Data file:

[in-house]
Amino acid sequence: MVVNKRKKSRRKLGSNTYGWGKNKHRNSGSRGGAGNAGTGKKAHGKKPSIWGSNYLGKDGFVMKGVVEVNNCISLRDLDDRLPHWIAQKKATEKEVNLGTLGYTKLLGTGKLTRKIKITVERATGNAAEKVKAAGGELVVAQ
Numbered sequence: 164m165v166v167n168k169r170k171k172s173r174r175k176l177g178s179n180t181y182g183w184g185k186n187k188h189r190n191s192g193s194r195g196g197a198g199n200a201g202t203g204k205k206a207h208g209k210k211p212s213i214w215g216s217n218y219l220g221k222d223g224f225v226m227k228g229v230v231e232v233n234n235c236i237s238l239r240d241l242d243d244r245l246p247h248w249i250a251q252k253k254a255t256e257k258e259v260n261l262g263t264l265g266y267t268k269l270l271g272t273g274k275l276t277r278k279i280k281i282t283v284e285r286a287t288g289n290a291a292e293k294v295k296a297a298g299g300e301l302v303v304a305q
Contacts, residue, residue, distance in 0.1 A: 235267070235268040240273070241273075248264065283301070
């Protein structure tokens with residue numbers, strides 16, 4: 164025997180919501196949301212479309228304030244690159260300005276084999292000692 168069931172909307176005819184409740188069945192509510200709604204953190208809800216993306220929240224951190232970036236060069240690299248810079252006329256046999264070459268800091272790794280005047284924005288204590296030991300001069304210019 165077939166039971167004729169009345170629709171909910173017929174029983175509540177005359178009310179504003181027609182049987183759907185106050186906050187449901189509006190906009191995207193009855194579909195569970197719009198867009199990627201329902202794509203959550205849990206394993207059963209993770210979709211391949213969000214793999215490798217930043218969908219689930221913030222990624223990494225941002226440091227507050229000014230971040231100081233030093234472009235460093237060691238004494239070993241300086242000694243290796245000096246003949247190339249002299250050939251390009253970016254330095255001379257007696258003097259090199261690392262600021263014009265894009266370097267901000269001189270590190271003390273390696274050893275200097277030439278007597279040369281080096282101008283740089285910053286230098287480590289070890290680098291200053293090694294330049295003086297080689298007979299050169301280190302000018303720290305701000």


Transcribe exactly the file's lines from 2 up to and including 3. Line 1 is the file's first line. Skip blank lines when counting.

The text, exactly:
Amino acid sequence: MVVNKRKKSRRKLGSNTYGWGKNKHRNSGSRGGAGNAGTGKKAHGKKPSIWGSNYLGKDGFVMKGVVEVNNCISLRDLDDRLPHWIAQKKATEKEVNLGTLGYTKLLGTGKLTRKIKITVERATGNAAEKVKAAGGELVVAQ
Numbered sequence: 164m165v166v167n168k169r170k171k172s173r174r175k176l177g178s179n180t181y182g183w184g185k186n187k188h189r190n191s192g193s194r195g196g197a198g199n200a201g202t203g204k205k206a207h208g209k210k211p212s213i214w215g216s217n218y219l220g221k222d223g224f225v226m227k228g229v230v231e232v233n234n235c236i237s238l239r240d241l242d243d244r245l246p247h248w249i250a251q252k253k254a255t256e257k258e259v260n261l262g263t264l265g266y267t268k269l270l271g272t273g274k275l276t277r278k279i280k281i282t283v284e285r286a287t288g289n290a291a292e293k294v295k296a297a298g299g300e301l302v303v304a305q